Réamhra: Stair na Gaeilge
An Introduction to the History of An Ghaeilge/the Irish Language
Bhíothas ag labhairt na Gaeilge ó cheann ceann na hÉireann fén gcúigiú haois nuair a scríobhadh don chéad uair í i bhfoirm Oghaim. 1 B’í teanga dhúchais fhormhór de mhuintir na tíre í fén séú haois déag, ach chuaigh laghdú mór ar líon a labhartha i gcaitheamh na mblianta dar lean. 2 An doicheall a bhí roimpi ag Rialtas Shasana chomh maith le galldú na tíre ba mhó ba chúis leis an gcúlú seo. 4
Fén mbliain 1876, bhí meath na teangan ag déanamh buartha do go leor daoine gur bunaíodh Cumann Buan-Choimeádta na Gaeilge. 5 In 1893, ceapadh Conradh na Gaeilge.
Chuir an Conradh roimis an Ghaeilge a chur chun cinn mar theanga náisiúnta na tíre agus labhairt na teangan a leathadh ar fuaid na hÉireann. Chuir sé roimis chomh maith suim a mhúscailt i staidéar agus i bhfoilsiú litriocht na nGael maraon le litríocht nua-aimseartha a cheapadh. 6
Dé réir mar a chuaigh líon na mball agus na mbrainsí de Chonradh an Gaeilge i méad, mhéadaigh ar an spéis a bhíothas á chur i modhanna teagaisc teangan. D’fhreastail Béal Átha an Ghaorthaidh ar an spéis úd sa bhliain 1904 nuair a bunaíodh Coláiste Múinteoireachta na Mumhan, nó Coláiste na Mumhan mar is fearr aithne air, an chéad cheann dá shórt in Éirinn.
Athbheochan na Gaeilge a tugtar ar an dtréimhse ama idir 1893 agus Éirí amach na Casca 1916. B’é Dubhghlas de hÍde chéad Uachtarán an Chonartha (bheadh sé ina chéad Uachtarán ar Éirinn ar ball). 7 Scríobh sé faoin ainm cleite ‘An Craoibhín Aoibhinn’ agus ba laoch ar leithligh ar son chaomhnú agus cur chun cinn na teangan é – cúram neamhpholaitiúil, dar leis.
Cuireadh ar a súilibh do náisiúntaithe go luath an neart a bhí sa Chonradh d’fhonn bá agus mórtas cine a chothú i measc mhuintir na hÉireann le hionchas an ceangal leis an mBreatain a réabadh. Ag scríobh dó in 1936, thug Shán Ó Cuív (1875-1940) chun cuimhne: “I found in the language movement young and old who were thinking of the independence of Ireland and who pursued their work as teachers and learners of Irish in the conscious belief that they were helping to forge a new weapon for the emancipation of the nation. Here was a new idea: language and liberty linked together; emancipation of the mind as a step towards emancipation of the individual, and of the nation.” 8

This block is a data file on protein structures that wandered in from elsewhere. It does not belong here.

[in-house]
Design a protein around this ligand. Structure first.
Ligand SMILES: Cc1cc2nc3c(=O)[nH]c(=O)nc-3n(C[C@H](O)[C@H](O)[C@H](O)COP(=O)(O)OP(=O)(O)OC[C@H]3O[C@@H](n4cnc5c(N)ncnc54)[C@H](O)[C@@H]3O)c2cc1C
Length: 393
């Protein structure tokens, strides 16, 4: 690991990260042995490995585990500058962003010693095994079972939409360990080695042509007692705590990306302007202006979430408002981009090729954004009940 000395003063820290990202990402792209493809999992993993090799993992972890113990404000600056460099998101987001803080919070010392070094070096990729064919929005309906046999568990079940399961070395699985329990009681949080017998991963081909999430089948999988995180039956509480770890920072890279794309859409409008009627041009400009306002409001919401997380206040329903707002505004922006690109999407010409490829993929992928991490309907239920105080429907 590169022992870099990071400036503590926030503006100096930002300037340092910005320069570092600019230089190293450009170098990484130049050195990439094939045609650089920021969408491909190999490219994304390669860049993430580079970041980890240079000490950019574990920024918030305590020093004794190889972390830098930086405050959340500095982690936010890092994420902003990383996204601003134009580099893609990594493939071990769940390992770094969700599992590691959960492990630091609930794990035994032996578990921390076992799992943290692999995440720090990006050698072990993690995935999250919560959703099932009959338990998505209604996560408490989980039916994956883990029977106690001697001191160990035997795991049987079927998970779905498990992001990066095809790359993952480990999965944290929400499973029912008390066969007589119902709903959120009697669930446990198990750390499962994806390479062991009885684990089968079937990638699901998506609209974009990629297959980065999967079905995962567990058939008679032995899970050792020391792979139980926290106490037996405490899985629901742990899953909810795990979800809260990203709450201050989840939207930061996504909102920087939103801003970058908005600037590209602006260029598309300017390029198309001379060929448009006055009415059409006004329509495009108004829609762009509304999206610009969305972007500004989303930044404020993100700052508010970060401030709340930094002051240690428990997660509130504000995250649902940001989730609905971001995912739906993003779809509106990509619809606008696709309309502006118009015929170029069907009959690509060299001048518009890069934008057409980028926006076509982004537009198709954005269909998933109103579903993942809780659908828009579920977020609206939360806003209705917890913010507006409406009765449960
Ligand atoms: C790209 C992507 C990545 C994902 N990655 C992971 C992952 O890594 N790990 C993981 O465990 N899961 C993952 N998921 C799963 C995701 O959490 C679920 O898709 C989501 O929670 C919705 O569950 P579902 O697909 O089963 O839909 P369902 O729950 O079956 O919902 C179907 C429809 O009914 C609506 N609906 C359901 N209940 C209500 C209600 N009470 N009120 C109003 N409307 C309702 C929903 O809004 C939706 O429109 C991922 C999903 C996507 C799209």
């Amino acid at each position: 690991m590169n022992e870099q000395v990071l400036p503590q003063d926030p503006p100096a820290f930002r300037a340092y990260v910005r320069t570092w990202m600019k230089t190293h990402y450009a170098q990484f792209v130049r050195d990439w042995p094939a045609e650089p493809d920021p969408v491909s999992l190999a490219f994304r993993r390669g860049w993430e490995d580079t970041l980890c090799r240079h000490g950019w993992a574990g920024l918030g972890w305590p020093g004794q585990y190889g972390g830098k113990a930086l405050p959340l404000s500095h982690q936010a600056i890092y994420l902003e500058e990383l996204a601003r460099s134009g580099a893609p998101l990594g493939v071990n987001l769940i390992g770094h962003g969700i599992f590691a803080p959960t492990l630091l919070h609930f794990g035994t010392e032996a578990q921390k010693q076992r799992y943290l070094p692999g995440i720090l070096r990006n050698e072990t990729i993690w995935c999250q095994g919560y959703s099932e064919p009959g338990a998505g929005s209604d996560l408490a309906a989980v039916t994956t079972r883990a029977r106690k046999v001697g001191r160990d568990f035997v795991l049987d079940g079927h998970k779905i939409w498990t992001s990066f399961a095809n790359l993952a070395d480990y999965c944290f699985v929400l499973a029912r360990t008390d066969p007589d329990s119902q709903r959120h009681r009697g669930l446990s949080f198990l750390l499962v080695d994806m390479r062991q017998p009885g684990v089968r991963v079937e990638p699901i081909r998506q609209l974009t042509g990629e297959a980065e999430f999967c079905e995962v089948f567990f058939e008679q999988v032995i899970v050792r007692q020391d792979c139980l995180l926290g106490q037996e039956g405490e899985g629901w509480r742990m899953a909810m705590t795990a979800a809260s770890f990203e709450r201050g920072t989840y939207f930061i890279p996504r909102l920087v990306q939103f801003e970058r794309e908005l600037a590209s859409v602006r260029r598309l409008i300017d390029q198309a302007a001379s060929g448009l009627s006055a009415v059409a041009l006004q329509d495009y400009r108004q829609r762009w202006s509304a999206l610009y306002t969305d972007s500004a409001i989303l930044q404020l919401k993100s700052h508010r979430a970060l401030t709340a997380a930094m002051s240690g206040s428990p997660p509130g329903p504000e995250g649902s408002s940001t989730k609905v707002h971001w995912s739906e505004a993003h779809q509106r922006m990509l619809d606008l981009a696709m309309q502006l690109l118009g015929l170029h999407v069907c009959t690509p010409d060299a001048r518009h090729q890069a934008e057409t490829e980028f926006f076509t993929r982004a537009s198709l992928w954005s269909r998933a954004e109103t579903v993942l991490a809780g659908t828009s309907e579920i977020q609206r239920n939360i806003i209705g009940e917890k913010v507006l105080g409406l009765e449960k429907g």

Tháinig polaitíocht an Chonartha chun solais in 1914 nuair a séanadh John Redmond agus a Pháirtí um Rialtas Baile. Chuaigh daoine móra de lucht ceannais an Chonartha, ar nos Phádraig Mac Piarais, le Bráthreachas Phoblacht na hÉireann, comhaltas réabhlóideach a bhain leas as an láimh láidir d’fhonn cuspóirí polaitiúla a bhaint amach. B’iad a d’eagraigh Éirí Amach na Cásca agus ar an mórsheisear a shínigh Forógra na Poblachta ag cur tús leis an agóid, ba bhaill de Chonradh na Gaeilge seisear díobh. Mar a dúirt Pádraig Mac Piaras when the seven men met in O’Connell Street to found the Gaelic League, they were commencing … not a revolt, but a revolution … the Gaelic League has brought into Ireland ‘Not Peace, but a Sword”. 9
Sna blianta roimh Éirí na Cásca i 1916, d’úsáid náisiúnaithe an Ghaeilge agus Conradh na Gaeilge go dútharachtach. D’úsaideadh Conradh na Gaeilge mar thalamh earcaíochta do eagraíochtaí nasiúnach foréigneach ar nós Bráithreachas Phobalacht na hÉireann.
Lena linn seo, bhí méadú suaithinseach dulta ar líon na mac léann ag foghlaim na Gaeilge i mBéal Átha ‘n Ghaorthaidh. 250 mac léinn a chláraigh don scoil samhraidh in 1909, agus bhain líon nach beag díobh cáil amach i Saoirse na hÉireann a ghnóthú. Orthu san a thug seal i mBéal Átha ‘n Ghaorthaidh bhí Traolach Mac Suibhne, Tomás Mac Curtáin, Risteárd Ó Maolchatha agus a thuilleadh eile nach iad.
A luaithe agus a bunaíodh Saorstát Éireann, tar éis Chogadh na Saoirse (1919 – 1921) agus an Chogaidh Chathartha (1922 – 23), tugadh gradam nua don dteanga mar theanga oifigiúil an Stáit.
An Ghaeilge/the Irish language was well-established in Ireland in the 5th century when it first appeared in its written form as Ogham. 1 By the 16th century, the majority of people in Ireland spoke Irish; 2 however, over the few hundred years which followed, its use declined significantly. 3 This was, in large part, due to the ongoing Anglicisation of the country in the face of British rule and the use of English as the language of administration in the country. 4